Furthermore, the package was more heavily tilted toward tax cuts than the package that President Obama proposed. Tax cuts have less impact per dollar than spending. David Brooks could find this fact in the Romer-Bernstein paper as well. The appendix tells us that a tax cut equal to 1 percent of GDP will eventually increase GDP by 0.99 percent. By contrast, government spending equal to 1 percent of GDP will increase GDP by 1.57 percent of GDP.

If President Obama got a package that was smaller than what he requested and more tilted towards tax cuts than what he expected, then the impact on growth and jobs would be less than what he expected. He expected that the package he rquested would create 3-4 million jobs, the package he got would be expected to create something less than 3-4 million jobs. And, we know that the economy needed somewhere in the neighborhood of 10 million jobs.

So how is anything about stimulus disproved because a stimulus that could have been expected to create maybe 3 million jobs was not adequate in a downturn where we needed 10 million jobs? There are no tricks here, this is all arithmetic and it is all right there in black and white.

But, Brooks does not want to be bothered by arithmetic. He wants his readers to support his plans for tax reform, for cutting Social Security and Medicare. In other words he wants his readers' support for doing all the the things that David Brooks always wanted to do, but he now says that we absolutely have to do because of an economic crisis caused by the incompetence of the people who always wanted to do these things.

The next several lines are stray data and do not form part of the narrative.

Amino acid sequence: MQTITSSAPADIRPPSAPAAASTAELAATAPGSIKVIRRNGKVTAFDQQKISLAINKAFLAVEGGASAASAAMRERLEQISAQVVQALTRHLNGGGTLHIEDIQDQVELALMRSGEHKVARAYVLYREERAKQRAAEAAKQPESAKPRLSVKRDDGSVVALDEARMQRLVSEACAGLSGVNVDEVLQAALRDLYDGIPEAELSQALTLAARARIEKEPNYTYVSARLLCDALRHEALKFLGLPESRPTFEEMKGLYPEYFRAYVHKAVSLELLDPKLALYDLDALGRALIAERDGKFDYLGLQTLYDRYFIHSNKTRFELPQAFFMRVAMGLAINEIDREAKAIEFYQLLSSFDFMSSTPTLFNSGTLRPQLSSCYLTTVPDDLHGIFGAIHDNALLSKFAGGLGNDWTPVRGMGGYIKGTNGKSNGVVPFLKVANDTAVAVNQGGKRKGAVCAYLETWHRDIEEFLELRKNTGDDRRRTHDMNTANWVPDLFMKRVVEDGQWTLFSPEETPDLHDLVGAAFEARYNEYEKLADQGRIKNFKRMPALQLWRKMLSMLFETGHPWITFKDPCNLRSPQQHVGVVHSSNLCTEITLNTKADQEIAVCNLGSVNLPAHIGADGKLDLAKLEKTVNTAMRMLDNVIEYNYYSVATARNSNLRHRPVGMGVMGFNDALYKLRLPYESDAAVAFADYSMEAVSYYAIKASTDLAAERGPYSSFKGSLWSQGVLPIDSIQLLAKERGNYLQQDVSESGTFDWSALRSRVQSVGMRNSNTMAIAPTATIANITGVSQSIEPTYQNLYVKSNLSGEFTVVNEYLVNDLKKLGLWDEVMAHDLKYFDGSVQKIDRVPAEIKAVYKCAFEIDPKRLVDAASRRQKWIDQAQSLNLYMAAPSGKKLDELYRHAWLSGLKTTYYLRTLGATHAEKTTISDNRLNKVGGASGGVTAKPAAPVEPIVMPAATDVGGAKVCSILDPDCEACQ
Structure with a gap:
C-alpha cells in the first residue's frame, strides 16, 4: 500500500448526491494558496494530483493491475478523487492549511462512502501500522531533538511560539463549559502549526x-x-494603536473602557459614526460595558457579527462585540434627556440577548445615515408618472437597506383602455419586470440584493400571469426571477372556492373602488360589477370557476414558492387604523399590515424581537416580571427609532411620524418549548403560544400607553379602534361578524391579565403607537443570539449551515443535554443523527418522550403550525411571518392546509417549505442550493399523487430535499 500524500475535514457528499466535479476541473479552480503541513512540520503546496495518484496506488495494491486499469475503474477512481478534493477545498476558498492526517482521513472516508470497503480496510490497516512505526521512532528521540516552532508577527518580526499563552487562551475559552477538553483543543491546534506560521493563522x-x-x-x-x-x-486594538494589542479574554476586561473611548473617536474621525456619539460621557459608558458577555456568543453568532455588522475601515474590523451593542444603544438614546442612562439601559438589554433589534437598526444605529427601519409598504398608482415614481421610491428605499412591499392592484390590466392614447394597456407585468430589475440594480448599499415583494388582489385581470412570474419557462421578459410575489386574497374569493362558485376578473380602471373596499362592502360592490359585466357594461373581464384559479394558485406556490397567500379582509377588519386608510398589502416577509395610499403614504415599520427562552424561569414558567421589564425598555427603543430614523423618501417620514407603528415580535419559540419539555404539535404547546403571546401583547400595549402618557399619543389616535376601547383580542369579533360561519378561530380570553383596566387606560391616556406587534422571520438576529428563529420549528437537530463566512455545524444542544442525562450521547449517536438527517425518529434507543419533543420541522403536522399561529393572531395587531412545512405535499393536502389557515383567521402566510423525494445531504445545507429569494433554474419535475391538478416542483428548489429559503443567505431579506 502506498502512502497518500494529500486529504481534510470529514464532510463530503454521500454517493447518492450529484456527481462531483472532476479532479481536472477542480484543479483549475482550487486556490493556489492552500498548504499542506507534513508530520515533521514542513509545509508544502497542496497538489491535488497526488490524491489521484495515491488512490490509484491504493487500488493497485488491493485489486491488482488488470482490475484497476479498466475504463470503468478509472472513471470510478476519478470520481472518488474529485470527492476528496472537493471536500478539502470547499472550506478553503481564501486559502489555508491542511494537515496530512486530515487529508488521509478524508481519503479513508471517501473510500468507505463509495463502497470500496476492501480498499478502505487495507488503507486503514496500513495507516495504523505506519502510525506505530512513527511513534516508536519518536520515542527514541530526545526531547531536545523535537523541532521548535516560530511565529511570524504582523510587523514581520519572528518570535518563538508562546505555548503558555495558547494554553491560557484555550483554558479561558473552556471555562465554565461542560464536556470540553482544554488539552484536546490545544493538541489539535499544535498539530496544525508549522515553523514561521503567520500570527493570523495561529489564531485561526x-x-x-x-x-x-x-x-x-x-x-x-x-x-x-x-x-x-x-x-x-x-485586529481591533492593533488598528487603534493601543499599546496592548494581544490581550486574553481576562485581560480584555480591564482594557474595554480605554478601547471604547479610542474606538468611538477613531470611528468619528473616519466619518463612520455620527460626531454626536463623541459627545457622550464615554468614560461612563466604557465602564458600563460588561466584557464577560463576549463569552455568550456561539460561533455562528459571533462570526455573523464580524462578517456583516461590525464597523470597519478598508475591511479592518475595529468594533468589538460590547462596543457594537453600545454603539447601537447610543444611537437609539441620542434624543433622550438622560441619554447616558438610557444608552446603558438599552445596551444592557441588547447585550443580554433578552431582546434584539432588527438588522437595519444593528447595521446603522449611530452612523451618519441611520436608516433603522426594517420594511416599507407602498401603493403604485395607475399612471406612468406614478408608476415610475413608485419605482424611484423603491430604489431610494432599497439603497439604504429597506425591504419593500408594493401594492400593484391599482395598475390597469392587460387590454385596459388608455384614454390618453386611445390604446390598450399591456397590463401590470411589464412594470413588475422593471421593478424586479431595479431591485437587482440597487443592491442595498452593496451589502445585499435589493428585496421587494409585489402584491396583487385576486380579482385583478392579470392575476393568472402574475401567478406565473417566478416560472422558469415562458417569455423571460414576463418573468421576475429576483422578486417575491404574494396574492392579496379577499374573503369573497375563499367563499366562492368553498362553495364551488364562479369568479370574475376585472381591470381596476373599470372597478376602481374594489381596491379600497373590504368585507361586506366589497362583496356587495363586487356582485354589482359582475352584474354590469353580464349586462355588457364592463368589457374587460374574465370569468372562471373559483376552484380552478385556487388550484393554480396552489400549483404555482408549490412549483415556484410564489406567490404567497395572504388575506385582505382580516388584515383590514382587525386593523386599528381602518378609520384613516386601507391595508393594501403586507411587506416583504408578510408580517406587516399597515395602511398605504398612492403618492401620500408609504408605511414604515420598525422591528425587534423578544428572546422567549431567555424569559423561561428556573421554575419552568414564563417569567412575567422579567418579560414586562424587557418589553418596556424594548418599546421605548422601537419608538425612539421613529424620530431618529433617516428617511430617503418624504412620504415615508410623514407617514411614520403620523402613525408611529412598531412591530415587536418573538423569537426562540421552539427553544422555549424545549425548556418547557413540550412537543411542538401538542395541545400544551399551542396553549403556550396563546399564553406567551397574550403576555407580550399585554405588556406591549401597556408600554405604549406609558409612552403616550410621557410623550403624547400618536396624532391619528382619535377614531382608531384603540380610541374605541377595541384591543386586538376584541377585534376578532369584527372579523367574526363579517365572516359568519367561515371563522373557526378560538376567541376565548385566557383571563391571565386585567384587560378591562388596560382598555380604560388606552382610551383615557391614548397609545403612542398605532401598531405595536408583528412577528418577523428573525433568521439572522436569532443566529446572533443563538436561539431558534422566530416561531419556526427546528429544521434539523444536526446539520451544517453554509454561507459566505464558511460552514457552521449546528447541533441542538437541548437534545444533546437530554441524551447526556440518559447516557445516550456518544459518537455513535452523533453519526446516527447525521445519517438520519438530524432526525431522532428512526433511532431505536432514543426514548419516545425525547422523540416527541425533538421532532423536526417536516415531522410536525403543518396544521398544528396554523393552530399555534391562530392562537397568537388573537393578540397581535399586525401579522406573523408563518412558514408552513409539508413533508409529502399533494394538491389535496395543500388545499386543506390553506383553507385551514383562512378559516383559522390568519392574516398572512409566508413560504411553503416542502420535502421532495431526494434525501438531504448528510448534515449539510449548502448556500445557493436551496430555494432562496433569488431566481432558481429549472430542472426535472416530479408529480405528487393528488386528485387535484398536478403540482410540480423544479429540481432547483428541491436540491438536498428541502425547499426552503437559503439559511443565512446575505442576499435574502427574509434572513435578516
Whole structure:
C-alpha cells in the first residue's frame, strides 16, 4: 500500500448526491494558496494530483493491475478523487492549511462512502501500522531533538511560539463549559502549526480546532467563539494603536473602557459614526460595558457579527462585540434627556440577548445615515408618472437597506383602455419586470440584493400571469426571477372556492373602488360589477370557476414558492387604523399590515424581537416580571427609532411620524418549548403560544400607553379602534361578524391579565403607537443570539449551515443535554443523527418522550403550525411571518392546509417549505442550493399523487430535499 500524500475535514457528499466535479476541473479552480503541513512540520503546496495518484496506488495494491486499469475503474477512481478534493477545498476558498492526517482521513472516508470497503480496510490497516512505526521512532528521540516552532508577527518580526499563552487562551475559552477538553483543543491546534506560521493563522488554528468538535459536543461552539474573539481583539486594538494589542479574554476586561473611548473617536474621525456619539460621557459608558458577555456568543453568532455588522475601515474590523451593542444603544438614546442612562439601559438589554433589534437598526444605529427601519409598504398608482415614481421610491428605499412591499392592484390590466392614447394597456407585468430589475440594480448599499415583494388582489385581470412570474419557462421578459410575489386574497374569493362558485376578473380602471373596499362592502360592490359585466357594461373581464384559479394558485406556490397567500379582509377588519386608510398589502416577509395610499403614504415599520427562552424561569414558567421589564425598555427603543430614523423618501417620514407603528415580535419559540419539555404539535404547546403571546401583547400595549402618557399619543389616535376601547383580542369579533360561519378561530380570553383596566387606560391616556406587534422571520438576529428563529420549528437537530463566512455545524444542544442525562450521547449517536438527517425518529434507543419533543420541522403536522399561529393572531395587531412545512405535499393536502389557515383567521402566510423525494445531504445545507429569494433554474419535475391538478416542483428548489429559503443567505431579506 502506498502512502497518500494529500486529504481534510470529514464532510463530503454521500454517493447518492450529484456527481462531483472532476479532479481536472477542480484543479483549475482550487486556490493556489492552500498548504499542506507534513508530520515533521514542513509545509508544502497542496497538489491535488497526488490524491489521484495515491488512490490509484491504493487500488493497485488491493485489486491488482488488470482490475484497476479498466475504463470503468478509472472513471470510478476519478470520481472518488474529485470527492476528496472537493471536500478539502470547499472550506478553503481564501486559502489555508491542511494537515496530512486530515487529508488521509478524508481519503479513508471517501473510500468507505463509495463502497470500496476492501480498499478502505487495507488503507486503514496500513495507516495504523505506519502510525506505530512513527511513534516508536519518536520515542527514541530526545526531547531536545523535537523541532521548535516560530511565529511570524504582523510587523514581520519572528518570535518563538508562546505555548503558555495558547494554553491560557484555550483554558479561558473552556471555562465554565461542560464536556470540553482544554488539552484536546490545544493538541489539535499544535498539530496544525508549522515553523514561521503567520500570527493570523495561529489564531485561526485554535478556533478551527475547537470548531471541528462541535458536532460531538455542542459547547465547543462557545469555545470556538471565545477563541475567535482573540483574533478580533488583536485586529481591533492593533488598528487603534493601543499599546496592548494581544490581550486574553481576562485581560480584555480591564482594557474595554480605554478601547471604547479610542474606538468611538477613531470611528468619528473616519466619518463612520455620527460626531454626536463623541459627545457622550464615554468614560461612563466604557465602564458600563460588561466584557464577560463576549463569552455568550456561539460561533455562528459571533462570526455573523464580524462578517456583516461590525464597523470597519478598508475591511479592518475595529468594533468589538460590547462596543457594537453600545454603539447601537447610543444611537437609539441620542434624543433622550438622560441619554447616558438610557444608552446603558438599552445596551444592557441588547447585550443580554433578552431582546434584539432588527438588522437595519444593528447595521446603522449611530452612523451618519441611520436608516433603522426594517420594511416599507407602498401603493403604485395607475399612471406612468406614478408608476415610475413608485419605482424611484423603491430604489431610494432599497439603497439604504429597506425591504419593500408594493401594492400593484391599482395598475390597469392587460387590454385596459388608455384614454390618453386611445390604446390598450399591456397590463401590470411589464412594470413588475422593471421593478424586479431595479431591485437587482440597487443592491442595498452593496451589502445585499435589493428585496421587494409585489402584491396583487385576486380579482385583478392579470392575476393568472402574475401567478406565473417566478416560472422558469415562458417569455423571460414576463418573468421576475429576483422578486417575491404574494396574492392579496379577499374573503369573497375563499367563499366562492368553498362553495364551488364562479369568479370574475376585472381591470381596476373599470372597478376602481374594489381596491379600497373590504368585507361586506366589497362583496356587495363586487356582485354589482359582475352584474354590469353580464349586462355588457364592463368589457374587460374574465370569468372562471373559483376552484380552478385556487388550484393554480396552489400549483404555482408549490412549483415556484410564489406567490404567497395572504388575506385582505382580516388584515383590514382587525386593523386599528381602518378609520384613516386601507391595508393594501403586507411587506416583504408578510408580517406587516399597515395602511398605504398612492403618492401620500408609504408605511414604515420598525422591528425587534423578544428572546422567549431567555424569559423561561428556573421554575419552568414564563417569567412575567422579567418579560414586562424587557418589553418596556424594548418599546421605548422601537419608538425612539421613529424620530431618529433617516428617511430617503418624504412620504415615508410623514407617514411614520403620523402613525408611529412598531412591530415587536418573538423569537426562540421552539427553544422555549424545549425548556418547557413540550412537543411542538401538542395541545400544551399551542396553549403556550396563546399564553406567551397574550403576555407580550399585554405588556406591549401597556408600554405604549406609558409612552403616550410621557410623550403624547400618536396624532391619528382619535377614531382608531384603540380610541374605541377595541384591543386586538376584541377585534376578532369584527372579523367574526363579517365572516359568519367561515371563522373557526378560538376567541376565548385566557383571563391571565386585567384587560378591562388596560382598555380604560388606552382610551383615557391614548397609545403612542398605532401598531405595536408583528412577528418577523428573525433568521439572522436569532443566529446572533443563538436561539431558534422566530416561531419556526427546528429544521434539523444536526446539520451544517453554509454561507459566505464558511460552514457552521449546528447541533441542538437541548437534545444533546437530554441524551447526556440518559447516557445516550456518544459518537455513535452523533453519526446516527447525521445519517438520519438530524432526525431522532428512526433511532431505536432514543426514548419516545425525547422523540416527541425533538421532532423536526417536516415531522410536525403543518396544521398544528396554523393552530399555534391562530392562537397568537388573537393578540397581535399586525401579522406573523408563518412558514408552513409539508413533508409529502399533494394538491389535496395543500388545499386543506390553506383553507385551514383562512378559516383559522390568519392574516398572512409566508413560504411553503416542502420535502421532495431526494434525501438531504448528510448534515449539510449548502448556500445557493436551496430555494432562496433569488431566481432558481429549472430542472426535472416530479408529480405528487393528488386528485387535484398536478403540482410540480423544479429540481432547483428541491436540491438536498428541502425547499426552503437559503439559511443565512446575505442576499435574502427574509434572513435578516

And the people who insist on sticking to arithmetic -- who point out now and said at the time that the stimulus was not large enough -- well to a man in love with his hammer, every problem requires a nail. If arithmetic is nails, Brooks has no hammer.

 

 

 

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Cokie Roberts told listeners that the political deadlock between President Obama and Congress is slowing the economy [sorry, no link yet]. It is far from clear that this is the case. Consumption as a share of disposable income is actually higher than its post-war average. Investment in equipment and software is nearly back to its pre-recession share of output, which is striking given the large amount of excess capacity in most sectors of the economy. It is not clear what component of GDP that Roberts thinks would be higher without the deadlock. Add a comment

Robert Samuelson has a piece today arguing that China's intervention is necessary to save the world economy. He of course is right in arguing that China has enough economic strength to save the euro and prevent a downward spiral that would throw the world economy back into recession, as some of us have argued

However, the fact that China may have to play this role is due to the failings of the political leadership in both Europe and the United States. It is essential to remember that this is a crisis of a lack of demand, not supply. For this reason, it is ungodly stupid that so many people are being made to suffer from unemployment and declining living standards.

We know how to get out of this mess, we have known how for 70 years. We just need the government to generate demand. That means spending money. Ideally it would spend money on useful things like education, health care, and infrastructure, but even if it spent money in wasteful ways it would still create jobs and put people to work.